Although in many situations the advantages outweigh the disadvantages when selecting beneficiaries, there are always exceptions.
Following the death of a family member, you may find yourself needing to sort through many possessions accumulated over the deceased’s lifetime. An estate sale is one way to distribute those items that you do not want or need quickly and efficiently.
While selling someone’s furniture, jewelry, artwork, antiques, and other belongings yourself can mean a great deal of time and effort on your part, there are companies that help families sell items. An estate sale company will do all the work in exchange for a percentage of the proceeds — typically anywhere between 25 percent and 50 percent. The company usually handles organizing the inventory, staging the house, appraising the value of items and setting prices, promoting the sale to the public, and hiring workers to run the sale. You may need to pay a separate fee to the liquidator for cleaning up following the sale, including donating or disposing of any goods that do not sell.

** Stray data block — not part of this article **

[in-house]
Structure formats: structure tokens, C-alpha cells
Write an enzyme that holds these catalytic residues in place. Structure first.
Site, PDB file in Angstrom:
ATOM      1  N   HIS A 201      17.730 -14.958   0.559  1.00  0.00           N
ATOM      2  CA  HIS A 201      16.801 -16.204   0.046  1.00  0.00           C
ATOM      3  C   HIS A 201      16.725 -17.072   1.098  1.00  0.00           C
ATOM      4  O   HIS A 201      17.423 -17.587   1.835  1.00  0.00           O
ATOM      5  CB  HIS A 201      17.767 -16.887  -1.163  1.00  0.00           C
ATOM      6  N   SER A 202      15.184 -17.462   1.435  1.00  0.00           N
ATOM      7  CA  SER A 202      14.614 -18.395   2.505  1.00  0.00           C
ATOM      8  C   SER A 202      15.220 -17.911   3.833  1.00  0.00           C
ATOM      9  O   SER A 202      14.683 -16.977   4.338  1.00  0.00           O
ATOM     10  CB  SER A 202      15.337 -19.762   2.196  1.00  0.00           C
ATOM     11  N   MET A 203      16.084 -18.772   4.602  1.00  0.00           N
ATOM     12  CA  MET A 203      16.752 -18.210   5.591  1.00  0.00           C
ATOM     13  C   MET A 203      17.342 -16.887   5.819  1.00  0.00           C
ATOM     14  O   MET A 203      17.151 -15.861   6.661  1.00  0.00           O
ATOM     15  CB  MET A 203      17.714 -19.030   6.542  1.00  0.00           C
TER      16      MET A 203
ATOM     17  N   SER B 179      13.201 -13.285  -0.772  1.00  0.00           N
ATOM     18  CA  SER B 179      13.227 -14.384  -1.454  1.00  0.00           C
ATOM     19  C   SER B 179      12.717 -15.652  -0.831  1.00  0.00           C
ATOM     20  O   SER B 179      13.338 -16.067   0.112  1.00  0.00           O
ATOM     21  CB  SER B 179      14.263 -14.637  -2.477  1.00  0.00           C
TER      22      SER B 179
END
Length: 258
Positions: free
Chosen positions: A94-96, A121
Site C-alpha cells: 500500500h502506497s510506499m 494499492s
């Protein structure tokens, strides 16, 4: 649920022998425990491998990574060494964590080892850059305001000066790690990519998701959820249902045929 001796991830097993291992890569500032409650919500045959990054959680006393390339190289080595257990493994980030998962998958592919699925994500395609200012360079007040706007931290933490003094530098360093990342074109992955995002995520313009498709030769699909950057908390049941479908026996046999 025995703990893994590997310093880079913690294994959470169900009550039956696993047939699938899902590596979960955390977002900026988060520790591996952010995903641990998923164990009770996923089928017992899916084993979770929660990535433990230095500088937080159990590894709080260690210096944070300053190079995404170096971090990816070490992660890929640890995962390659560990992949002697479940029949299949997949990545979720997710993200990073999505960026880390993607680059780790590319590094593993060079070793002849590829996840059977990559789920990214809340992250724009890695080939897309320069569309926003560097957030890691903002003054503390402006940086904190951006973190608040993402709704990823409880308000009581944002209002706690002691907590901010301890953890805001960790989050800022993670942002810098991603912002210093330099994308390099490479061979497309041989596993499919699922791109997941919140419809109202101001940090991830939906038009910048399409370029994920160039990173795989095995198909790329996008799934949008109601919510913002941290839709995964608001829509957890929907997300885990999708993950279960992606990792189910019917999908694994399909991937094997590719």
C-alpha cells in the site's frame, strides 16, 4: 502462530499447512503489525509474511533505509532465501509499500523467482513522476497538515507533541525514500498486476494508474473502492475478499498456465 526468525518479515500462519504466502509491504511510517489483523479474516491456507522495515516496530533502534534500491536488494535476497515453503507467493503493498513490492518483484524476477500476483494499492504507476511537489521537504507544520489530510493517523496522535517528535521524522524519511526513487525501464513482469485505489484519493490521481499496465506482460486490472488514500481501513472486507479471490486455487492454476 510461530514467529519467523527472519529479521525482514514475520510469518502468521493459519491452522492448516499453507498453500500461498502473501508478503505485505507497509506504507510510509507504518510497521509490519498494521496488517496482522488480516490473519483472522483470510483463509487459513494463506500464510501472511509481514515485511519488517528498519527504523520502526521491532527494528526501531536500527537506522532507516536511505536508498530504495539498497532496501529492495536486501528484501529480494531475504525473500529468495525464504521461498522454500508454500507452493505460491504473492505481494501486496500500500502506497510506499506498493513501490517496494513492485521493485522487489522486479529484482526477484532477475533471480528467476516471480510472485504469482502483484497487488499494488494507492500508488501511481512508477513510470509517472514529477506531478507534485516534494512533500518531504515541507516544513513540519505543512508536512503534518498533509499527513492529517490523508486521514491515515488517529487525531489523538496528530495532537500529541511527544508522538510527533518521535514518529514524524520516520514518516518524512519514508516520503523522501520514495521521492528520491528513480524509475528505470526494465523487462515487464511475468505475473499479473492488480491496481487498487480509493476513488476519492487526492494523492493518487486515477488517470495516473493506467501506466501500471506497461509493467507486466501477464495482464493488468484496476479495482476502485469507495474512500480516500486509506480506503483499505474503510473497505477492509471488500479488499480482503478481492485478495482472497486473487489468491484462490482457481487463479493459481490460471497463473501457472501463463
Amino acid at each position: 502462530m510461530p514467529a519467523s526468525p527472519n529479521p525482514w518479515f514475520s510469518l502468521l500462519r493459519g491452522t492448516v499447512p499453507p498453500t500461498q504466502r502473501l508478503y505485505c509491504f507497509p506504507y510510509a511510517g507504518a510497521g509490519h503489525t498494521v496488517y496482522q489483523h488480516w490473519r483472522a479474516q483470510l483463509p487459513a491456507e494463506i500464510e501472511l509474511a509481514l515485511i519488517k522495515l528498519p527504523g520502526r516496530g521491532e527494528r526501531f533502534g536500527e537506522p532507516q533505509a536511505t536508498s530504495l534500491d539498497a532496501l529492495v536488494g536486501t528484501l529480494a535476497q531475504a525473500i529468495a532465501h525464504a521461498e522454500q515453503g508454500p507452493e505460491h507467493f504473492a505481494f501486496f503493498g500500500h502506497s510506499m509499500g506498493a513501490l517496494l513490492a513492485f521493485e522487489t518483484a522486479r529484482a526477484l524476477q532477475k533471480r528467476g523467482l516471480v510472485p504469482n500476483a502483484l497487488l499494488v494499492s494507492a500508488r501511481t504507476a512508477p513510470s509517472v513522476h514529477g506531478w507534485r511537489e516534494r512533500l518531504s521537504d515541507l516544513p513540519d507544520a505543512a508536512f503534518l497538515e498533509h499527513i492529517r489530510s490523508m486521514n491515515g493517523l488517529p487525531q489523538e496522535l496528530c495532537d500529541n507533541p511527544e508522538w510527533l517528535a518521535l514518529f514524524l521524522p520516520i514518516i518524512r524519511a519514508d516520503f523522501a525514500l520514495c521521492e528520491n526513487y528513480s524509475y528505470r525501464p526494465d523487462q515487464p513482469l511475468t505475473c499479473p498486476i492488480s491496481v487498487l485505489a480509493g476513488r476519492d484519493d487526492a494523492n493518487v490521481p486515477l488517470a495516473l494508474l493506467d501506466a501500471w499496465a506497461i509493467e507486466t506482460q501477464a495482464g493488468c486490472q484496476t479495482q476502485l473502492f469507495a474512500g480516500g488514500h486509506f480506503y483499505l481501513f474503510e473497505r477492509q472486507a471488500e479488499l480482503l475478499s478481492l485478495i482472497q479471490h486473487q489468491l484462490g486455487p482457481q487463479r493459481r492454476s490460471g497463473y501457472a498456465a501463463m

Keep the following in mind when getting ready for an estate sale:
- First ensure that you have the legal right to sell the property. There cannot be any unresolved estate issues. Companies may request legal documentation showing that you have the right to dispose of the property.
- Remove from the house anything you want to keep before calling in the liquidators, but avoid throwing too much away – one person’s idea of trash might be another person’s treasure.
- There is no regulatory body that oversees the estimated 15,000 estate sale companies in the United States, so before hiring one of them, rely on a referral from a trusted friend or family member and do some research. You can search the website of the American Society of Estate Liquidators, a trade association that requires its members to meet certain requirements and abide by an ethics code.
- Check your local Better Business Bureau and Yelp for complaints about companies you are considering, or attend a sale run by the company.
- Make sure your liquidator carries insurance in case there are any accidents while buyers are at the estate sale.
- Ensure the company offers a written contract.
- Ask any prospective liquidating company how it handles security, what happens to goods that do not sell, and what type of clean-up is included.
- Note that many companies discourage families from being present during the actual sale.